Predator Drones and America's License to Kill
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A UN report says the CIA's use of drones in Pakistan makes the US the world's major practitioner of "targeted killings." Could agents be prosecuted under international law? Do the drones make America safer? Should they be controlled by the military instead of the CIA? Also, BP siphons more oil from its gushing well. On Reporter's Notebook, in Arkansas, an endangered incumbent, more money than ever in California, and more sex in South Carolina. We look at tomorrow’s party primaries.
Banner image: Pakistani tribesmen offer funeral prayers for the victims of a missile strike attack in the Miranshah on February 15, 2009. Two missiles fired by an unmanned drone struck the camp of top Taliban commander Baitullah Mehsud in the tribal area of Ladha near the Afghan border, they said, adding Mehsud was not in the camp at the time of the strike. Photo: Thir Khan/AFP/Getty Images
BP Siphoning More Oil from Gushing Well ()
Admiral Thad Allen told a White House news briefing today that the Gulf oil spill presents an ever-changing enemy, and that "we have had to adapt and we need to adapt to meet that threat." President Obama promised that, as conditions change, the American people will be kept informed in "what is going to be a fluid and evolving process." David Fahrenthold, who's been covering the spill in Louisiana for the Washington Post, is in Washington.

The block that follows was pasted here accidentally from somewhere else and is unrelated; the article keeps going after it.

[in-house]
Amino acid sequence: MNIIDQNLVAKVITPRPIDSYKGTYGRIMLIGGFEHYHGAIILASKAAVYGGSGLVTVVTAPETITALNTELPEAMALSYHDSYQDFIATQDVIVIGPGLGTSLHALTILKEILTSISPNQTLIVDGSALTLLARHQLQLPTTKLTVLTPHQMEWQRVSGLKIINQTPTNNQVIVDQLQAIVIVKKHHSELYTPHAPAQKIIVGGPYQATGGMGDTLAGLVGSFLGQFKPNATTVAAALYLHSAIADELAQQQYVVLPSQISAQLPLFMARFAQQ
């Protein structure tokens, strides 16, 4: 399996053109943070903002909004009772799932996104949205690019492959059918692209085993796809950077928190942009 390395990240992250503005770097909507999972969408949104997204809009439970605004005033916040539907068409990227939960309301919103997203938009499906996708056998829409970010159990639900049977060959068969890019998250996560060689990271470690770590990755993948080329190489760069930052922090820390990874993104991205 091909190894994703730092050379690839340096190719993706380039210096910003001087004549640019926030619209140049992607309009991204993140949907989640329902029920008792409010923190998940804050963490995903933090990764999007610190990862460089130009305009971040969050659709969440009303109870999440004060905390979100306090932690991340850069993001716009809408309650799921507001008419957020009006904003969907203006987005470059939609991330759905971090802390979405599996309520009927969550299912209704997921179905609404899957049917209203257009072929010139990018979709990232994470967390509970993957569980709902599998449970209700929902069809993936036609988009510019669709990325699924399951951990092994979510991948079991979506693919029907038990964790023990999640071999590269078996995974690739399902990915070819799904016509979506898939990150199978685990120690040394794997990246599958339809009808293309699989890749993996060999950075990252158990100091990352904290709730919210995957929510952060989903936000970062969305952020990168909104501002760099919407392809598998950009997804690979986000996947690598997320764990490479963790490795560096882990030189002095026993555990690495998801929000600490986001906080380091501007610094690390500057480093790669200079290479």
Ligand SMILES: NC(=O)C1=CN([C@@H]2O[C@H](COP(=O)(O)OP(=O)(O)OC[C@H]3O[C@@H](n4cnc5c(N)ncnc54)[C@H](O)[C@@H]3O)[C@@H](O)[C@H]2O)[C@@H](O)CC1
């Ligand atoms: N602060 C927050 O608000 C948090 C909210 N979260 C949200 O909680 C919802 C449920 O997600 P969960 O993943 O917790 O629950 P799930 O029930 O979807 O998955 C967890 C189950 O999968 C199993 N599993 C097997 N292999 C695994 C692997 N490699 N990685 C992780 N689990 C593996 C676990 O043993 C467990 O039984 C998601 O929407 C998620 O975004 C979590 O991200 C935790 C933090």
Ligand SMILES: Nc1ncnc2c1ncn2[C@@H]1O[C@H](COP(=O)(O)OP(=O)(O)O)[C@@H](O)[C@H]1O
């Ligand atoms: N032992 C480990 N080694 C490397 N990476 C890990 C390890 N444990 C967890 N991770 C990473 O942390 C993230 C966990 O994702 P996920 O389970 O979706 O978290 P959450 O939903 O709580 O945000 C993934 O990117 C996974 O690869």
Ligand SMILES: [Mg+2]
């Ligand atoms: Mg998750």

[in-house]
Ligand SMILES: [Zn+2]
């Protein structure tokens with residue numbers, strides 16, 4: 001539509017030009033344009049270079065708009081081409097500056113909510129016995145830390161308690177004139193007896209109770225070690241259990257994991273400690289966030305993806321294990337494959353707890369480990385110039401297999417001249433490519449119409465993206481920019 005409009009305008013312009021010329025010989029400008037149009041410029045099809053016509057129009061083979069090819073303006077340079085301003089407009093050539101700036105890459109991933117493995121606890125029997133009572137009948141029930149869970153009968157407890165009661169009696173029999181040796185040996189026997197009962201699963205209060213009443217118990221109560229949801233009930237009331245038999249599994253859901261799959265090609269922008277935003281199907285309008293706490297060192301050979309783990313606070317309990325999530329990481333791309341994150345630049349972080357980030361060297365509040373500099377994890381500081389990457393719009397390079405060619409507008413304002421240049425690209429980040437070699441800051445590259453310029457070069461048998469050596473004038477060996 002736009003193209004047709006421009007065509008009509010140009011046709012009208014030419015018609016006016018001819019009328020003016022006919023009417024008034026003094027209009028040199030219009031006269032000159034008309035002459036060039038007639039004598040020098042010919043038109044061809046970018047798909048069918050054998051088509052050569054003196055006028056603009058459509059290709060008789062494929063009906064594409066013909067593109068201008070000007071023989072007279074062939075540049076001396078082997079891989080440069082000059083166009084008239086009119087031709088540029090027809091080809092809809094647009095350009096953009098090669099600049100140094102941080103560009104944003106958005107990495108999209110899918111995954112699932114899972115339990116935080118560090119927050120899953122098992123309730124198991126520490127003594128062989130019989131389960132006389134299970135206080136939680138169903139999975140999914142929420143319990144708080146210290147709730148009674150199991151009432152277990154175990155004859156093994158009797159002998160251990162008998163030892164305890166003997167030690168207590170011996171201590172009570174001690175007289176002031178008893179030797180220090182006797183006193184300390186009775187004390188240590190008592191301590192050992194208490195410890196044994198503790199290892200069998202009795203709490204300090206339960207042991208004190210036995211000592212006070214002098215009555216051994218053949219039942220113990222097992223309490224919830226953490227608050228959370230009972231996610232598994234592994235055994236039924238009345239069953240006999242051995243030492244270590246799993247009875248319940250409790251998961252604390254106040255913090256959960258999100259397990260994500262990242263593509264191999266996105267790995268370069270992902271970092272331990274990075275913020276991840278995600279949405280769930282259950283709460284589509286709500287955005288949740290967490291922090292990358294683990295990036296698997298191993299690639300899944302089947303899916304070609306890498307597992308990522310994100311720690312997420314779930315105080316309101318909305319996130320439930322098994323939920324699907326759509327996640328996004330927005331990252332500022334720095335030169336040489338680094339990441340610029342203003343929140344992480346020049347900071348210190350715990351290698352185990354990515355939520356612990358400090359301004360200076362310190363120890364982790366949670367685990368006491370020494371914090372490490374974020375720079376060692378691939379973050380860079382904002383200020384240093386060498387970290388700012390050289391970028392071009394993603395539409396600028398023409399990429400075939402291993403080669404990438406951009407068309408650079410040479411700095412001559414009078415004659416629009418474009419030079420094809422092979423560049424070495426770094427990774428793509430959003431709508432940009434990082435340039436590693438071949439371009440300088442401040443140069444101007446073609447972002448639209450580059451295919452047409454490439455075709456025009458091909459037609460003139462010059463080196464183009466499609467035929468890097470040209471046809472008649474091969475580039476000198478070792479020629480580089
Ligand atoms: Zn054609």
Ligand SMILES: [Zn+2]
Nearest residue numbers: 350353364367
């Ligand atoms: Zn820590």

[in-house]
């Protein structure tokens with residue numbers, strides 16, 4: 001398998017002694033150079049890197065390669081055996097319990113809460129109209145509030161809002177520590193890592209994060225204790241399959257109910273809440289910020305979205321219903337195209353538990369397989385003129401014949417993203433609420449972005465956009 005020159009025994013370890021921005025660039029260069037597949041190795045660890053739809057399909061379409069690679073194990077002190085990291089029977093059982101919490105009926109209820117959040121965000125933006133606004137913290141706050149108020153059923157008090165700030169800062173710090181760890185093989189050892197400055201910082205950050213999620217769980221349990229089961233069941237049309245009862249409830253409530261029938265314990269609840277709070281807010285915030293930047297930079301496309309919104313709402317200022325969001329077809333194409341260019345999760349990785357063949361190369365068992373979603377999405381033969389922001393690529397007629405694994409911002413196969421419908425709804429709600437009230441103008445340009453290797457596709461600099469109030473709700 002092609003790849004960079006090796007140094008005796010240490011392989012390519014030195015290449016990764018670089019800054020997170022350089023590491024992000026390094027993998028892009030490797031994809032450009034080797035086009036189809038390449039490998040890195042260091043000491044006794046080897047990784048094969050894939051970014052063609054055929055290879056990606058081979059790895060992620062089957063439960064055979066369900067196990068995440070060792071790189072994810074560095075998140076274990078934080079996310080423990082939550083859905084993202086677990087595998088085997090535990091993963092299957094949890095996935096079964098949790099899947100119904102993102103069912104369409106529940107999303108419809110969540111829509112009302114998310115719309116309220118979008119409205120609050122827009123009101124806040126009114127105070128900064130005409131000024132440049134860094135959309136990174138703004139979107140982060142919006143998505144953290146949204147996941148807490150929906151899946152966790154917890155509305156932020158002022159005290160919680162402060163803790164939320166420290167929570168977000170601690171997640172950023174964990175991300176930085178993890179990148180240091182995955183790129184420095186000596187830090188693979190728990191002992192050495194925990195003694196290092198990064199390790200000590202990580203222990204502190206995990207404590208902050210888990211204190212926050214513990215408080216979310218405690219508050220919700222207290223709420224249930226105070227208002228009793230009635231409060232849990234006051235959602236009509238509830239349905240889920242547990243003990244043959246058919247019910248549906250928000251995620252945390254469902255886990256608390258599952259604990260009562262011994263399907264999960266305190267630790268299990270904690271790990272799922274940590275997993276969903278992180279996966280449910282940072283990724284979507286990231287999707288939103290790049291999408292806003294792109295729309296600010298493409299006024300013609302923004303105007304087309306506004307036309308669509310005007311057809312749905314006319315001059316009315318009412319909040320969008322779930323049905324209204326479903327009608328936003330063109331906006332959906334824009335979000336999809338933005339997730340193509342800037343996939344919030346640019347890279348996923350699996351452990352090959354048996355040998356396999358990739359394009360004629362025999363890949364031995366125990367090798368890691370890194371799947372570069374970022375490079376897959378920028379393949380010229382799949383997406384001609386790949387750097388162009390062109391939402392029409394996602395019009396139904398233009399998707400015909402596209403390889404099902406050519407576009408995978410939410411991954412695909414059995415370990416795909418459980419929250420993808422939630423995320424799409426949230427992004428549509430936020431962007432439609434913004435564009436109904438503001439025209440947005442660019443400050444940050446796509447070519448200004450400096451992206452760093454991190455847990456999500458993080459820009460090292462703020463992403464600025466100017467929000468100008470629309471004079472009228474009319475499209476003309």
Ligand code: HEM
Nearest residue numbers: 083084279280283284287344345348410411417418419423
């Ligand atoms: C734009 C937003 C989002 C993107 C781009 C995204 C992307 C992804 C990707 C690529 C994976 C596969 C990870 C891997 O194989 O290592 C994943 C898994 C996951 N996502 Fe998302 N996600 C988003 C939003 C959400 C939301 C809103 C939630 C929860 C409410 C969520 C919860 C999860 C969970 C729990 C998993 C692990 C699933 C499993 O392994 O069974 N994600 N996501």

- David Fahrenthold: Staff Writer, Washington Post
Predator Drones and America's License to Kill ()
The US does not acknowledge that CIA operators use unmanned drones to kill terrorist suspects thousands of miles away in Afghanistan, Pakistan and other places. But a UN report says President Obama is expanding the practice in possible violation of international laws that protect human rights, especially when innocent civilians become "collateral damage." Supporters say it's the least bad alternative for taking out dangerous people in remote places. Is America safer? Should the military take over?
- Jane Mayer: Investigative Reporter, New Yorker
- Hina Shamsi: Senior Advisor, NYU School of Law's Project on Extrajudicial Executions, @hinashamsi
- Christine Fair: Assistant Professor, Georgetown University's Center for Peace and Security Studies, @CChristineFair
- Greg Miller: National Security Correspondent, Washington Post, @gregpmiller
Races to Watch in This Year's Super Tuesday ()
Will voters toss out an incumbent US Senator for the third time this year? What will $110 million worth of commercials mean in California? Does sex matter in South Carolina? Just some of the questions that'll be answered tomorrow when voters in 11 states will be picking Democratic and Republican nominees for statewide and national offices. Jay Newton-Small is keeping track of a big picture for Time magazine.
- Jay Newton-Small: Political Reporter, Time magazine
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